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Smoking-genetics study

A study at Washington University School of Medicine in St. Louis may aid efforts to tailor smoking-cessation treatments to cigarette smokers, based on their DNA. The researchers are recruiting 720 smokers from the St. Louis area who want to kick the habit. Study participants will provide DNA samples, from saliva, that will be analyzed to identify genetic variations that influence smoking behavior, lung cancer risk and the effectiveness of smoking-cessation treatments.

SMOKING IS LINKED TO CANCER AND TO CHRONIC OBSTRUCTIVE PULMONARY DISEASE. RESEARCH HAS SHOWN THAT IT SHORTENS A PERSON’S LIFESPAN BY ABOUT 12 YEARS. BUT STILL, MANY PEOPLE SMOKE, AND IT’S VERY DIFFICULT TO QUIT. SO RESEARCHERS AT WASHINGTON UNIVERSITY SCHOOL OF MEDICINE IN ST. LOUIS ARE AIMING TO MATCH UP TREATMENTS WITH THE DNA OF INDIVIDUAL SMOKERS. THEY’RE RECRUITING SMOKERS WHO WANT TO QUIT, AND THEY HOPE TO LEARN WHETHER IT’S POSSIBLE TO MATCH SMOKERS WITH THERAPIES, BASED ON GENETIC INFORMATION. JIM DRYDEN REPORTS…

MOST SMOKERS KNOW THE HABIT IS BAD FOR THEM AND WANT TO QUIT, BUT THAT DOESN’T MEAN THEY CAN. WASHINGTON UNIVERSITY NICOTINE RESEARCHER LI-SHIUN CHEN SAYS MOST PEOPLE WHO TRY TO QUIT FAIL, AND SO HER RESEARCH GROUP HAS BEEN STUDYING DNA TO FIND WAYS TO IMPROVE THE ODDS FOR THOSE WHO WANT TO STOP SMOKING.

(act) :21 o/c evidence-based treatments

Quitting smoking is very hard. Most people who smoke have tried to

quit smoking multiple times throughout their life, and only about

5 percent succeed without the help of treatments. And even with

treatments, research shows that a person’s genes effect how they

respond to medications. So our goal is to help people quit smoking

with evidence-based treatments.

CHEN SAYS PREVIOUS RESEARCH HAS SHOWN THAT SMOKERS WITH HIGH-RISK GENE VARIANTS ARE LIKELY TO SMOKE LONGER AND DEVELOP CANCER SOONER THAN THOSE WHO SMOKE BUT DON’T HAVE THOSE DNA VARIATIONS.

(act) :16 o/c low-risk genotypes

People with the high-risk genetic markers, they are less likely

to quit on their own. They would have a delayed quitting by four

years, and they will have lung cancer, actually, four years earlier,

compared to those with the low-risk genotypes.

THE GOOD NEWS, SHE SAYS, IS PEOPLE WITH THE HIGH-RISK GENETIC MARKERS ALSO SEEM MORE LIKELY TO BENEFIT FROM NICOTINE-REPLACEMENT THERAPY.

(act) :17 o/c only counseling

The same group of people, with the high-risk genetic markers, is

more likely to respond to medication, and medications don’t help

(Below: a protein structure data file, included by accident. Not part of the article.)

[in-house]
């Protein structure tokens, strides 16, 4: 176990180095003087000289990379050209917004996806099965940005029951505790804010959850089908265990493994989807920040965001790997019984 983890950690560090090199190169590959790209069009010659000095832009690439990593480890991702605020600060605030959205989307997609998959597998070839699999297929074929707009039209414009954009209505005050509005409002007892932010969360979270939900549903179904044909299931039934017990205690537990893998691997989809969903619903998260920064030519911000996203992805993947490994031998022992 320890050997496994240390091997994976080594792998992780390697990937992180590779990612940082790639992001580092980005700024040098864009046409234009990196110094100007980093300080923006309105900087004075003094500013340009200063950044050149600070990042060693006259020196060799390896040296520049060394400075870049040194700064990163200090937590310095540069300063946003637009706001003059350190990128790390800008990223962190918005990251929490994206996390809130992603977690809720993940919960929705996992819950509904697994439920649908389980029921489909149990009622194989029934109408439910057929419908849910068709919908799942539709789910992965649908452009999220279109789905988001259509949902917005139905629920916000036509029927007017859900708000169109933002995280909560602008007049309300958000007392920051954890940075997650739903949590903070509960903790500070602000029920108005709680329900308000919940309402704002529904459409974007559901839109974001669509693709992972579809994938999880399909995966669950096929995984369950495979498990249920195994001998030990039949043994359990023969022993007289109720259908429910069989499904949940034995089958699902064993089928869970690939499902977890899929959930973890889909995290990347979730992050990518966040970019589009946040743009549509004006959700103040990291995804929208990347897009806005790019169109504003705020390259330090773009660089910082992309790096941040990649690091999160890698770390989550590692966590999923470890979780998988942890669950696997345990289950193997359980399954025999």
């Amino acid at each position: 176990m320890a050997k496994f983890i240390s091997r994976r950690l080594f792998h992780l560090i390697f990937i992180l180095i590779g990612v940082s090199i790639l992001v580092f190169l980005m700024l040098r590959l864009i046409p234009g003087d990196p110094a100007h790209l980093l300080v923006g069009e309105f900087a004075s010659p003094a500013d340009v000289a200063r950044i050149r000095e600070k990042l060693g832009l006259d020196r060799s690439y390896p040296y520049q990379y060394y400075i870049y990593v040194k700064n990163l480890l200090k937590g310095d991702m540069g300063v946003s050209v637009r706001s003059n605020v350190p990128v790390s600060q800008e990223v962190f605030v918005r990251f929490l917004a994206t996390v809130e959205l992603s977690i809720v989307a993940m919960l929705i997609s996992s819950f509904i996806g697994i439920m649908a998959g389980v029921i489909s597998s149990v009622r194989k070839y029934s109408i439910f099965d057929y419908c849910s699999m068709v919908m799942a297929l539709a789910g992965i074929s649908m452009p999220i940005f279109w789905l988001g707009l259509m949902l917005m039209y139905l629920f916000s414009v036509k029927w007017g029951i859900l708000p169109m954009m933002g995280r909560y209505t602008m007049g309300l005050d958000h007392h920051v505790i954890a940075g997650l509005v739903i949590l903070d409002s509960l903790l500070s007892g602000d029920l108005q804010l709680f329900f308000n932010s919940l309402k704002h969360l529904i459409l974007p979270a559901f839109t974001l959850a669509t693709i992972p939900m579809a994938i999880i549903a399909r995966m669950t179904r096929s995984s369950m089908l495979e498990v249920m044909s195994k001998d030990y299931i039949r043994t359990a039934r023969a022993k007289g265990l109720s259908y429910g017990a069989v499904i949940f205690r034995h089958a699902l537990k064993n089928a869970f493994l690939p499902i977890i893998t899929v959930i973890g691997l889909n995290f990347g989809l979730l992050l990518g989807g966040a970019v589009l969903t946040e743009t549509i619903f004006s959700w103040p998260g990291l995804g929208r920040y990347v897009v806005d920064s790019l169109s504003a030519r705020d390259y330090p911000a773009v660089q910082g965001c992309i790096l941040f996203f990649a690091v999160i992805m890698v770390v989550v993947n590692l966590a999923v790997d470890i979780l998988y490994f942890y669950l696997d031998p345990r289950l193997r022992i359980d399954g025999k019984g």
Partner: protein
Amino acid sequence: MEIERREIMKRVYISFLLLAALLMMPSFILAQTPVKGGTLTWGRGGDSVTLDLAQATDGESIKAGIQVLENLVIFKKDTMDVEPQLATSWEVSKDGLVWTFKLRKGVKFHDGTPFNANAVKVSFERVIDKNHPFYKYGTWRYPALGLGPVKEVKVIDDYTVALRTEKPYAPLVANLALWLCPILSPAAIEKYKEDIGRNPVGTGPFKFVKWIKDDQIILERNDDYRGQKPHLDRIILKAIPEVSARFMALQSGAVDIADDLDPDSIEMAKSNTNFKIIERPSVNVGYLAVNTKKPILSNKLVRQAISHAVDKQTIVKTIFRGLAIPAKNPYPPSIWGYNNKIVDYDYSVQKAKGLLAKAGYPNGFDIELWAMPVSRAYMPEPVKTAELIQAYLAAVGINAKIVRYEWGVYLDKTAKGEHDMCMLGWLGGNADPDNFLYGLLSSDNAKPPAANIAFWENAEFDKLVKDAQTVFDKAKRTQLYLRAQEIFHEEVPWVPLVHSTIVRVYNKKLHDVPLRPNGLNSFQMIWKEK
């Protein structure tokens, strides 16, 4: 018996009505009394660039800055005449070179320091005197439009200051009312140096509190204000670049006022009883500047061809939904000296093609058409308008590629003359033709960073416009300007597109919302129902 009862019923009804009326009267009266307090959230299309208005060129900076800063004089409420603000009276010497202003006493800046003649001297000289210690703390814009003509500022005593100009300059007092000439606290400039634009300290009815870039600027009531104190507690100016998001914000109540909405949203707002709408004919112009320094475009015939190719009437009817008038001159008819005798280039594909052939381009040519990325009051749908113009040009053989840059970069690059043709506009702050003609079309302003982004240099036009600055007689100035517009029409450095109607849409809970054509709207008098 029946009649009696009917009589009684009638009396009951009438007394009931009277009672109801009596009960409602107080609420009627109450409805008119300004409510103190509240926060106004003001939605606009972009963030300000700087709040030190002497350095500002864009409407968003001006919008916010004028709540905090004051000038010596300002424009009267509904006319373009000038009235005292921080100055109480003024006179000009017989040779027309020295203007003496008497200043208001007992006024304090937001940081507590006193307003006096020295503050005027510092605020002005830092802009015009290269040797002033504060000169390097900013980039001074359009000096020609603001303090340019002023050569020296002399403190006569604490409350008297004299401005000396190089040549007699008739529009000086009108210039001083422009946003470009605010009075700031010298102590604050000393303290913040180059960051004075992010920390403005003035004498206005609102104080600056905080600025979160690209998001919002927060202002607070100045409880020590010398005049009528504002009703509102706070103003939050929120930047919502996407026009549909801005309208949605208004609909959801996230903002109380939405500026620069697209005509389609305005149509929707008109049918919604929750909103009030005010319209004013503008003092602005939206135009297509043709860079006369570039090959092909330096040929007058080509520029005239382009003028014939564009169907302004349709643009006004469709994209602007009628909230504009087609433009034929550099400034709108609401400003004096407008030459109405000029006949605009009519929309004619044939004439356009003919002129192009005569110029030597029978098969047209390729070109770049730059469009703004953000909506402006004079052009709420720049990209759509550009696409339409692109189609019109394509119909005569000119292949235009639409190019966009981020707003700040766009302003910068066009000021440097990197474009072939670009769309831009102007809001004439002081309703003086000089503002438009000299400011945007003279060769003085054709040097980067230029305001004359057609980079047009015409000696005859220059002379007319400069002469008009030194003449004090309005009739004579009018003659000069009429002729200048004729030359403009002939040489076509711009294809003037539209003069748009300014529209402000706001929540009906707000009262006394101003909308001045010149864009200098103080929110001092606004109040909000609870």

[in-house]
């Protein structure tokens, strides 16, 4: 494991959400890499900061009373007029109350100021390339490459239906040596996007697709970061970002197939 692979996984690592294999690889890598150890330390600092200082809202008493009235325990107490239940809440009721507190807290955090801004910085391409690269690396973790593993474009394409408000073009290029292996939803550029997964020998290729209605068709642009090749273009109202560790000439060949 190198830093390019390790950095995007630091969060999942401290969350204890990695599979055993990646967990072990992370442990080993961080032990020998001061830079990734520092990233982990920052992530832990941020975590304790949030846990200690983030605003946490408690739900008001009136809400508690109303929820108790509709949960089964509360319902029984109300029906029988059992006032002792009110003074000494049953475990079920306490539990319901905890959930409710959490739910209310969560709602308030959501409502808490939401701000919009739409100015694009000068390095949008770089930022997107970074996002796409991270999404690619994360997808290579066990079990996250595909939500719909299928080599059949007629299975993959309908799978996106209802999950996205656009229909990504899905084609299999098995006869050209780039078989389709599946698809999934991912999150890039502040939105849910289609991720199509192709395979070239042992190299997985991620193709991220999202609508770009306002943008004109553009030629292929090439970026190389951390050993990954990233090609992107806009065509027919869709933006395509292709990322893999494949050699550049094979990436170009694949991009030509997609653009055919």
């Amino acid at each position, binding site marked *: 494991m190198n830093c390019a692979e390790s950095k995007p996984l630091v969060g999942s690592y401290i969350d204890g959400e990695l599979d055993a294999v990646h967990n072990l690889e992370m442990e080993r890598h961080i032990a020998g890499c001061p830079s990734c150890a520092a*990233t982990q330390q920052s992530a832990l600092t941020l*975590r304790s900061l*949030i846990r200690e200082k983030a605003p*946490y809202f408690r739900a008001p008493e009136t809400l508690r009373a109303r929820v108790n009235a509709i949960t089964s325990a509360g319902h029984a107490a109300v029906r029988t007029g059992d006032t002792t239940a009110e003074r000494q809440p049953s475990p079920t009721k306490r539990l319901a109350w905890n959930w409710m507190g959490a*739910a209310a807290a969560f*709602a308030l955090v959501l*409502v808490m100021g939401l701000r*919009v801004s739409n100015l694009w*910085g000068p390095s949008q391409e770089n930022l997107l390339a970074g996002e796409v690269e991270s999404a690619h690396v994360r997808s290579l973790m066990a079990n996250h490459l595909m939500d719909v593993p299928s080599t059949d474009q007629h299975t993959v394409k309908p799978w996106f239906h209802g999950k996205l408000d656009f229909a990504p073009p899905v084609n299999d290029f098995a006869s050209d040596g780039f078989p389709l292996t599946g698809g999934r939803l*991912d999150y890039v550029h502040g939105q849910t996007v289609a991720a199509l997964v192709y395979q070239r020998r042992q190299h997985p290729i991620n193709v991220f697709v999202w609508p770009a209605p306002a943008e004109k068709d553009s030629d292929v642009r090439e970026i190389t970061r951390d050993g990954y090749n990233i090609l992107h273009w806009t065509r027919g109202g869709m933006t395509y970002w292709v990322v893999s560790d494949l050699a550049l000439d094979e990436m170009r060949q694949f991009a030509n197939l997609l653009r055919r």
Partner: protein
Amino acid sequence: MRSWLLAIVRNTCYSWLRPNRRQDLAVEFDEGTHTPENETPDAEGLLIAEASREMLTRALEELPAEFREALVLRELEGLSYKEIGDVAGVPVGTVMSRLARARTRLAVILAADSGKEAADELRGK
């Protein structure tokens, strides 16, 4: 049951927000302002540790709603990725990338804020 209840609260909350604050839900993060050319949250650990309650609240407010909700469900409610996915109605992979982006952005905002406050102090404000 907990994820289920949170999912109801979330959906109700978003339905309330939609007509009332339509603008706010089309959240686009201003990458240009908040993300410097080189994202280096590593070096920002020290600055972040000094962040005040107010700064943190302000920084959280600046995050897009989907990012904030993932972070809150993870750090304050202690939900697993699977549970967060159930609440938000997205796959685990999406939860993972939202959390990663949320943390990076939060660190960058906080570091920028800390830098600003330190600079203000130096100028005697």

everyone equally. It is possible that different smokers would need

different medications, or even some smokers require only counseling.

SO THE WASHINGTON UNIVERSITY RESEARCHERS ARE DIVIDING UP SMOKERS TRYING TO QUIT INTO 3 GROUPS: ONE GROUP WILL GET COUNSELING AND NICOTINE REPLACEMENT PATCHES AND LOZENGES; A SECOND WILL RECEIVE THE DRUG VARENICLINE, ALSO CALLED CHANTIX, PLUS COUNSELING; AND THE REST WILL GET 7 WEEKS OF COUNSELING BUT WON’T GET ANY DRUGS. CHEN SAYS BY COMPARING OUTCOMES AND LOOKING AT DNA, THIS STUDY COULD MAKE IT POSSIBLE TO TAILOR THERAPIES TO SMOKERS.

(act) :11 o/c genetic markers

Our goal is to match people up with the medication that is most

likely to help them and least likely to give them any side effects,

so we are going to look at multiple genetic markers.

STUDY PARTICIPANTS WILL PROVIDE A SALIVA SAMPLE PRIOR TO THE START OF THE STUDY. THEN CHEN AND HER COLLEAGUES WILL LOOK AT HOW SUCCESSFUL STUDY SUBJECTS ARE AT QUITTING AND LOOK FURTHER AT HOW THEIR GENETIC MARKERS WORK TOGETHER WITH THE TREATMENTS. SHE SAYS HER GROUP IS RECRUITING MORE THAN 700 PEOPLE AGES 21 AND OLDER, AND SHE SAYS THAT ALTHOUGH SOME OLDER SMOKERS THINK IT MAY BE TOO LATE FOR THEM TO HELP THEMSELVES BY QUITTING, CHEN SAYS IT’S NEVER TOO LATE, AND EVEN OLDER SMOKERS CAN ADD BACK YEARS TO THEIR LIVES IF THEY KICK THE HABIT NOW.

(act) :13 o/c quit smoking

It can delay, or eliminate lung cancer. Research has shown that

it can also delay COPD, the chronic obstructive pulmonary disease

(or emphysema). It’s never too late to quit smoking.

CHEN SAYS EVERY SMOKER CAN BENEFIT SOMEHOW FROM QUITTING, AND SHE WANTS TO MAKE IT EASIER FOR THEM TO DO THAT. I’M JIM DRYDEN…

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